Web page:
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How to Eat a Cupcake: A Novel by Meg Donohue

How to Eat a Cupcake: A Novel (edition 2012)

by Meg Donohue

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2363548,914 (3.5)9
Thank you to Jen at Bookclub Girl for providing me with a copy of this novel. Check out the interview with author Meg Donohue at her blog or use this link http://www.blogtalkradio.com/book-club-girl/2012/04/24/meg-donohue-discusses-how...

This is a cute chick lit story about two girl who grow up as friends, Anna and Julia. The story is told in alternating chapters between the voice of Anna and Julia through various months. Sometimes the story jumps in time from where the last narrator left off.

The story begins when Anna's Ecuadorian mother is taken in as the nanny/ maid by Julia's wealthy parents when she has to leave home sixteen and pregnant. Despite the differences in wealth, the two girls grow up as friends until something terrible happens that breaks the friendship when they are in high school.

The girls reconnect years later at a party thrown by Julia's mother Lolly and decide to open a cup cake bakery. The story unfolds in the months leading up to the opening of the bakery. Various vandalism incidents occur at the bakery that seem to be tied to what drove the girls apart years ago. What exactly that is is hinted at for the first two hundred pages. Julia starts out as a very unsympathetic character but by the end of the book you find yourself rooting for the friendship between the two girls.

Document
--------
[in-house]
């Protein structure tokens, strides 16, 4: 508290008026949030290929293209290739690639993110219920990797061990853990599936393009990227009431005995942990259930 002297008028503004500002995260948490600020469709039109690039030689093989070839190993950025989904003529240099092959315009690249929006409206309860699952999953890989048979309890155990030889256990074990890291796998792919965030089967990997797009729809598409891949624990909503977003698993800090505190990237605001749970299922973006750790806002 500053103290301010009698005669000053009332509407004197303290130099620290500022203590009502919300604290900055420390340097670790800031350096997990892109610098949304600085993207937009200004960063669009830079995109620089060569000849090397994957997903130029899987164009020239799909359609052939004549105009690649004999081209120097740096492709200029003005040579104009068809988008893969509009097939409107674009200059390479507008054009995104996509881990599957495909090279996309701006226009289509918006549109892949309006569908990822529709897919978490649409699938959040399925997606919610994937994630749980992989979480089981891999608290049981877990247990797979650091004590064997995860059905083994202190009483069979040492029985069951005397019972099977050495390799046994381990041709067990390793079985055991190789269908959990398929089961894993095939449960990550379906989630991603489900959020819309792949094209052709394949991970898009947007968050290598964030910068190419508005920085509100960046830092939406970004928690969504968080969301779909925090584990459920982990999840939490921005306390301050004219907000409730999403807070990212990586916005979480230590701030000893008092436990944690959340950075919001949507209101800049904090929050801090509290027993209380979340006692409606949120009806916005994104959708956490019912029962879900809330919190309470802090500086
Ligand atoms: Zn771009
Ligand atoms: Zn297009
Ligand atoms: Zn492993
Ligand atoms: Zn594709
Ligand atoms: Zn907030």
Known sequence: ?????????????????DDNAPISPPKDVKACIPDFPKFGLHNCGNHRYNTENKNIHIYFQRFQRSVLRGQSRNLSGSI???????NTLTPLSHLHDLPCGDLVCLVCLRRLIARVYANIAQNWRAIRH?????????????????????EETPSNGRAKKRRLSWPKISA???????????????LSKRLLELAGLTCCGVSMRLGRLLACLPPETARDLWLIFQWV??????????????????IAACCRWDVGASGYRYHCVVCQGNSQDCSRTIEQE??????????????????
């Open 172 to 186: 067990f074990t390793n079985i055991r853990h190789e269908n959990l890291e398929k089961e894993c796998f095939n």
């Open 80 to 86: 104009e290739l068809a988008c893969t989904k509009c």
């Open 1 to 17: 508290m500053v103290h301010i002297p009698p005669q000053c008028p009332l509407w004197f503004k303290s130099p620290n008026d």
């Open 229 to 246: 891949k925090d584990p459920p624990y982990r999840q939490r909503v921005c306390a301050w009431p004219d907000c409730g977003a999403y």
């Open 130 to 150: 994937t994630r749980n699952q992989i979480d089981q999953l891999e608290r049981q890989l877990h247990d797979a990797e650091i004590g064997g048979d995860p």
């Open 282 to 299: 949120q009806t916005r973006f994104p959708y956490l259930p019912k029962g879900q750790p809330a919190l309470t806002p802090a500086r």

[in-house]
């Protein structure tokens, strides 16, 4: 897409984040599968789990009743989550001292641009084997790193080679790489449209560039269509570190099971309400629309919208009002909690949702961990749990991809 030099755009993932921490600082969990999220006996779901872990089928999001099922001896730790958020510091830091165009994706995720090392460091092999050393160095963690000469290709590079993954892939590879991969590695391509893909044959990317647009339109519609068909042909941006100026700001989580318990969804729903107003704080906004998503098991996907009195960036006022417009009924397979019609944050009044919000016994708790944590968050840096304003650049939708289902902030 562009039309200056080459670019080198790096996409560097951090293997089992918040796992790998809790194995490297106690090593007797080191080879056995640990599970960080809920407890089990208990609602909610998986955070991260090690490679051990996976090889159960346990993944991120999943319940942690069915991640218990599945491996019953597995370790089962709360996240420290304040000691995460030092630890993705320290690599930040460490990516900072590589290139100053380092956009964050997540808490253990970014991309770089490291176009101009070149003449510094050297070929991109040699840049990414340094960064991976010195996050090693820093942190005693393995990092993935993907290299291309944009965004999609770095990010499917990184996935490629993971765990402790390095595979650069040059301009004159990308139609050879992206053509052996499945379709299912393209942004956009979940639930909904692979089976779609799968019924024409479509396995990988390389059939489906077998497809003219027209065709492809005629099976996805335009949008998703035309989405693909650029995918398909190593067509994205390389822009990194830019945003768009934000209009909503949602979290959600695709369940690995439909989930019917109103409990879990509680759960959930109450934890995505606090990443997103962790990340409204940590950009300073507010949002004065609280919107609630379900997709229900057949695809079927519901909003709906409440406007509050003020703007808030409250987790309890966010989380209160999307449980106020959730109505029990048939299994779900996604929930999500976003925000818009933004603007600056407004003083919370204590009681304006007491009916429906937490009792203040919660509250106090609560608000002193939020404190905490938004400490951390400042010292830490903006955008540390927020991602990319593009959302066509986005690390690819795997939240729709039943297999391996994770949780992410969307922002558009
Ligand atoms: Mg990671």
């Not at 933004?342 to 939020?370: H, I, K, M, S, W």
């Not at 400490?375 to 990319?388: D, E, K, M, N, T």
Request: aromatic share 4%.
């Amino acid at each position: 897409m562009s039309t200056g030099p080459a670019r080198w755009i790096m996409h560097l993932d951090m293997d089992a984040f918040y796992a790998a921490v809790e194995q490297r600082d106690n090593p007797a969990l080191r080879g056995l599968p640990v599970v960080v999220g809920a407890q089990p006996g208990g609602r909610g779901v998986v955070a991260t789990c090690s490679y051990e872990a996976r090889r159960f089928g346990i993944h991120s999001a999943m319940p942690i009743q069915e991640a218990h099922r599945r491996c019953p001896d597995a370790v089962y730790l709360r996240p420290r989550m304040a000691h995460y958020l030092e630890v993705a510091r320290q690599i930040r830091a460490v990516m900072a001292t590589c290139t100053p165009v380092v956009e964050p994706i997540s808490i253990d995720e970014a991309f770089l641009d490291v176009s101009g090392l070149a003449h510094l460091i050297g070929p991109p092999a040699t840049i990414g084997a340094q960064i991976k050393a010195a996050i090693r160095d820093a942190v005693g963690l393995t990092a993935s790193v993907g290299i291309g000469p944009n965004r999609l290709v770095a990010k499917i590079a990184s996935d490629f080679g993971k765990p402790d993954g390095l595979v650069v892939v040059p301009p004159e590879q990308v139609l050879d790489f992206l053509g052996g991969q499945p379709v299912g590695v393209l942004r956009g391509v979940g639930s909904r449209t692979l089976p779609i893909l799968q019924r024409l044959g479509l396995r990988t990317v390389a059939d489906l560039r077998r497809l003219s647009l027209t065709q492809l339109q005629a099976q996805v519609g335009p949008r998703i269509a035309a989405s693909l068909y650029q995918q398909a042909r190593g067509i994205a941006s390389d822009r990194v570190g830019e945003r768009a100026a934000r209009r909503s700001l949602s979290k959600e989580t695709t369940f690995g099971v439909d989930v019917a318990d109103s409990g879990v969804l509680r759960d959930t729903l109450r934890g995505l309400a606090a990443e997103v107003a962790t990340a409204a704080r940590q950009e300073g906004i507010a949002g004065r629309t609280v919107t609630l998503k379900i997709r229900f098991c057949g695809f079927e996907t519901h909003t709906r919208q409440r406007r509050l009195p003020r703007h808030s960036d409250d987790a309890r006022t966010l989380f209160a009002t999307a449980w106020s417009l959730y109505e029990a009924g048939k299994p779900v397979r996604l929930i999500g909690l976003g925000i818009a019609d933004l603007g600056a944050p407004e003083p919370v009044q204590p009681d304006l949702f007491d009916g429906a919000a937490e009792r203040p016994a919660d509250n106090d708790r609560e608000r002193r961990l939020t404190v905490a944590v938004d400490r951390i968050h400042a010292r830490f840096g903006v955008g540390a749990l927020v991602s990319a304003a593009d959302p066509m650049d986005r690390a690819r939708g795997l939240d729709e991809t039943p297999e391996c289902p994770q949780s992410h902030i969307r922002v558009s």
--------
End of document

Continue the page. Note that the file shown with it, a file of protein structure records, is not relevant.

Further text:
Various supporting characters such as gigolo Jake, earnest farmer Ogden, sweet fiance Wes, and well meaning Lolly add further interest to the story. Even though Anna's mother Lucia has passed by the start of the story, her character also figures largely in the plot.

This book is part mystery, part romance, and part love letter to the special friendship that exists between women. Add to that descriptions of cupcakes that are so luscious you will soon be running out to your local bakery to fill a craving that you didn't even know that you had. ( )
  arielfl | Apr 25, 2012 |
Showing 1-25 of 36 (next | show all)
downloaded sample to read first (pricey for a kindle book so will have to blow me away)
  Spurts | Oct 29, 2015 |
Set in SanFrancisco's Pacific Heights and The Mission this book reads more like a photo spread in a non-existent magazine somewhere between Nylon and Elle. It's a glossy examination of the have and have nots, emergent women directing their lives toward next steps, the tensions in complex relationships and somewhere in there is a central conflict. What was successful is how Donohue hints at interesting flavor profiles and how a cupcakery is born. What is unsuccessful is how long it takes for central conflicts to develop. This book lacks dynamism in the plot structure. If I did do this one with a reading group, I might have them tear up the plot events and rearrange them into a new structure to see if the narrative is more fulfilling by the last page. The story wrap up is mildly annoying unless you are about to get married and want to tralala along. One character's perfect life wraps up as if its fresh from Tiffany and the other sort of shuffles off in a patchwork carpet bag. Everyone is just too perfect in this book--they eat never-ending cupcakes and NEVER gain weight. If you are looking for happy endings you will get one. If you are looking for a book to read by the pool and possibly lose it, this will do. If you are looking for a wholehearted experience, try something else. ( )